We occasionally recommend products we love and might be paid a share of the sale.
“Dormie” is a golf term that has been around for a long time. But what does dormie mean in golf?
Dormie means that a player or team is winning a match play game by the same number of holes as there are holes remaining in the match. You could say that the winning group is dormie. You can also specify the number of holes left that the team is winning by: dormie-two, dormie-three, or dormie-four.
When the match is dormie, the player or team that is leading only needs to tie one of the remaining holes to win the match. The worst case is that they lose all the remaining holes and the match is tied.
This article has everything you need to know about the term dormie in golf. We’ll cover what dormie means, the history of the word, and some examples of how dormie works in match play.
What Does Dormie Mean in Golf?
Dormie in golf means that a player or team is ahead during a match play competition by the same number of holes as are remaining in the match. For example, if a player is dormie after the sixteenth hole, that means they up two with two to play. They only need to tie or win one hole to win the match.
When the match is dormie, the leading player can win the match with a tie on any of the remaining holes. They can also close the match by winning one more hole, but a halved hole is all that’s required.
On the other hand, if your opponent is dormie, you need to win all the remaining holes just to force a tie. Even if you tie only one of the remaining holes, your dormie opponent will win the match.
Dormie is only applicable during matches that can result in a tie or halved points. In some match play events, ties are not allowed. Players must play extra holes and continue the match until a winner is decided. In this case, the term dormie does not describe the situation accurately.
Since the match cannot be halved, only won or lost, neither player can be dormie. Instead, players continue to play additional holes until a winner is determined. They will have to play a sudden-death playoff until one player wins a hole. The longer they continue to tie holes, the longer the match will go on.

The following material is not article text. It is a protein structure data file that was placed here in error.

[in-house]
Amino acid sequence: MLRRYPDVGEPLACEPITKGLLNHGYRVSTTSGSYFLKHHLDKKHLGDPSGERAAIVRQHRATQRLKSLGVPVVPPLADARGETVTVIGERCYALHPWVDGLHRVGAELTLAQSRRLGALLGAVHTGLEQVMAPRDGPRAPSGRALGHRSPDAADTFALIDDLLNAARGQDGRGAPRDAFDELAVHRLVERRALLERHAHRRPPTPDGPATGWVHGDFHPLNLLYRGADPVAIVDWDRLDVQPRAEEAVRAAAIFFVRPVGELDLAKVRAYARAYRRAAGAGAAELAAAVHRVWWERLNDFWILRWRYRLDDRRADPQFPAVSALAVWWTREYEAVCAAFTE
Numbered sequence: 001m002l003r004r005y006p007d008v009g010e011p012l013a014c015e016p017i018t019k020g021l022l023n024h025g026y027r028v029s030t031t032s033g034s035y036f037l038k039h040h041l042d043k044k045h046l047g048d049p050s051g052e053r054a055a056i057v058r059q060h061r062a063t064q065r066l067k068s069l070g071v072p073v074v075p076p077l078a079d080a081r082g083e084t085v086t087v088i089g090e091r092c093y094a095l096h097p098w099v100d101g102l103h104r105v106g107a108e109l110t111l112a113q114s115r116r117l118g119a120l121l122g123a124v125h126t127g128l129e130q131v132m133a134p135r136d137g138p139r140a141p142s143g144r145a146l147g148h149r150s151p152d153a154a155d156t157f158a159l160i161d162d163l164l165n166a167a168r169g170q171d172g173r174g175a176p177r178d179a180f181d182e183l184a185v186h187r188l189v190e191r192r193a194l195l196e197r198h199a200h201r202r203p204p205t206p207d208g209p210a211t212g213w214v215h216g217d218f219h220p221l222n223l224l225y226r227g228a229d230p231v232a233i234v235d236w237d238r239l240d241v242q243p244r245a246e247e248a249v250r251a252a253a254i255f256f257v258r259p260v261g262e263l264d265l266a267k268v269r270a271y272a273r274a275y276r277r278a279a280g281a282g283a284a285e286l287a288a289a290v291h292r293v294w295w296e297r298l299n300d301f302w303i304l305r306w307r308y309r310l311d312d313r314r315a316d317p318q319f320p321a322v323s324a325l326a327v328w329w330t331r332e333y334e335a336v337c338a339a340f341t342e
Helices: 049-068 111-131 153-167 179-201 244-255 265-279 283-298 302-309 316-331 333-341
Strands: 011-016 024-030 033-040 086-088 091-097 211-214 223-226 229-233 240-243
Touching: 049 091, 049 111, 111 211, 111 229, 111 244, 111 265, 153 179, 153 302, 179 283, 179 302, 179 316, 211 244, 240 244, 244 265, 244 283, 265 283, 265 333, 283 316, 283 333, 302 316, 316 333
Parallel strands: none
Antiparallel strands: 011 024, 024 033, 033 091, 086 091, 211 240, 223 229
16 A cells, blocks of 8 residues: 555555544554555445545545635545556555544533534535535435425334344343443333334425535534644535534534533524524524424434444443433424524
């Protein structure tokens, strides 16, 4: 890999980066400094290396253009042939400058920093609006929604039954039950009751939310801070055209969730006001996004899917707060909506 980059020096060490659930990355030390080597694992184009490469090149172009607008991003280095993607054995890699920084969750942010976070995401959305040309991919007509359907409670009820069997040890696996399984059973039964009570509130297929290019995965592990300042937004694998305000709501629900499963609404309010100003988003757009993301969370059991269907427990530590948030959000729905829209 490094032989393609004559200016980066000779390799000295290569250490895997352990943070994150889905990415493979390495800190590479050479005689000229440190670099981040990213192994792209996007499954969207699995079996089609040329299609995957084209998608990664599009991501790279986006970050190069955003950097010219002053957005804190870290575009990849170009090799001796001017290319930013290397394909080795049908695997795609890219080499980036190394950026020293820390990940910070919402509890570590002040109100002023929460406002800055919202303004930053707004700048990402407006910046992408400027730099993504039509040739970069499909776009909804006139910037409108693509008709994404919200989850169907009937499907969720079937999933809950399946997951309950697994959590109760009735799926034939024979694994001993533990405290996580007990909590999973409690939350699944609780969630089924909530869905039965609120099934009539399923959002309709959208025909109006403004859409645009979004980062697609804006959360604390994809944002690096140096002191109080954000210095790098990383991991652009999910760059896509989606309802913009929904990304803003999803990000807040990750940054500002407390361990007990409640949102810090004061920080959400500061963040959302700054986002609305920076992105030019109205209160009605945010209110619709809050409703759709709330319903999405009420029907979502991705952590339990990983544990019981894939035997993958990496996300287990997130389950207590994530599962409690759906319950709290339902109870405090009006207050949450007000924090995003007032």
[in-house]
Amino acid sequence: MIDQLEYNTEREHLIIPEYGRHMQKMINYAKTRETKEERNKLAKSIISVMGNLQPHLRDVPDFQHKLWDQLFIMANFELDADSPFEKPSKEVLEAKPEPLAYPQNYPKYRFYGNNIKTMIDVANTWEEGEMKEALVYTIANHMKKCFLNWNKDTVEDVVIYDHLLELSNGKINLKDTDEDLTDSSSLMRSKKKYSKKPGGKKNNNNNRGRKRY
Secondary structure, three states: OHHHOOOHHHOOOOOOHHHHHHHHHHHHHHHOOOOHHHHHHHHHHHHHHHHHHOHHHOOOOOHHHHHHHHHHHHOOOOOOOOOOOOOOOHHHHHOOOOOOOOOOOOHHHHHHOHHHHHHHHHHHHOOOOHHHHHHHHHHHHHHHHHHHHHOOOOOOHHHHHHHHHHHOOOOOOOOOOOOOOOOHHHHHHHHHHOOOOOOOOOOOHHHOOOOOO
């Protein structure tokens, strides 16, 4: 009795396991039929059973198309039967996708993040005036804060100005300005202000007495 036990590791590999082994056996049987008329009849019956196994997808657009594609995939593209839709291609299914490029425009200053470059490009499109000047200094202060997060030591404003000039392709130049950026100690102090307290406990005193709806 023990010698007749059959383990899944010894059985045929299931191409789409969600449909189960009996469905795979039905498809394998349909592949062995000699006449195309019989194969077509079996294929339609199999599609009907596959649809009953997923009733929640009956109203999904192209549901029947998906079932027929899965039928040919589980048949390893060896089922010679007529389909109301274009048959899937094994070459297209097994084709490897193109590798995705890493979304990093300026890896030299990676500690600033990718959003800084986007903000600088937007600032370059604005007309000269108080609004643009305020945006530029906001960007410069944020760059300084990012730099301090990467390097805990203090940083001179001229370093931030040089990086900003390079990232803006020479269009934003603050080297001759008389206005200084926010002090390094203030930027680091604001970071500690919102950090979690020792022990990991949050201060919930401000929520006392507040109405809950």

You always want to prevent your opponent from becoming dormie during a match play event, otherwise you no longer have a chance to win the match. At the same time, you want to put yourself in a position to become dormie, so you can more easily close the match on the remaining holes. Once you become dormie, a tie is the worst possible result for you.
History of the Word Dormie in Golf
The origin of the term dormie is still debated among golfers and golf historians. However, there is a common history of the word that the USGA confirms.
The term dormie in golf comes from the Latin word dormir. Dormir means to sleep. If a player or team is dormie, they can “go to sleep” since the match cannot be lost.
Of course, they can’t actually go to sleep. They still need to be awake to finish the round. It simply means the dormie team can relax over the last few holes since a tie is the worst possible outcome.
When a player is dormie, the round must be finished to be official. If they did fall asleep the match would be forfeited.
Dormie was an official term in the golf rulebook, specifically in the rules regarding match play. However, in 2019, the term was removed from the golf rulebook. The removal of dormie coinsided with other changes to official golf terminology.
Another word that was removed was “halved.” In match play, players would half a hole if they got the same score. That result is now officially called a tie.
Many golfers still use the term dormie in their casual rounds. You may hear broadcasters use the rem dormie too, especially the commentators who have been covering golf for a long time. Since the word is less common today and no longer an official golf term, it could die out completely over the next few decades.
Examples of Match Play Dormie
Let’s look at some examples of how dormie works. If two opponents have played 14 holes of match play, and one player is winning by four, this situation could be described as “dormie-four.”
If the player who is dormie wins one more hole, they will win the match.
If the two players tie one of the remaining holes, the dormie player will still win the match.
The only way the dormie player cannot win the match is if the other player wins all the remaining holes. Then the match will end in a tie.
It is possible to have dormie-one, dormie-two, and so on, all the way up to dormie-nine for an 18-hole match.
For a player to get to dormie-nine, they must win all of the first nine holes of an 18-hole match. Even if they lose every hole on the back nine, the match will still end in a tie. And, if they can win or tie just one more hole, they win the match.
On the other hand, if the holes of the match do not allow for a tie, there is no opportunity to be dormie. The players must continue on until a winner is determined. If there is no winner after regulation play, they will play extra holes until someone wins.
Unfortunately, dormie is no longer an official golf term. It was removed from the rule book along with halved and some other terms. You might still hear it used in casual golf settings when one player only needs to tie a single hole to win the match.
However, if the player who is not dormie can manage to win all the remaining holes, they can still force a tie. If the match play rules do not allow for ties, no one can be dormie.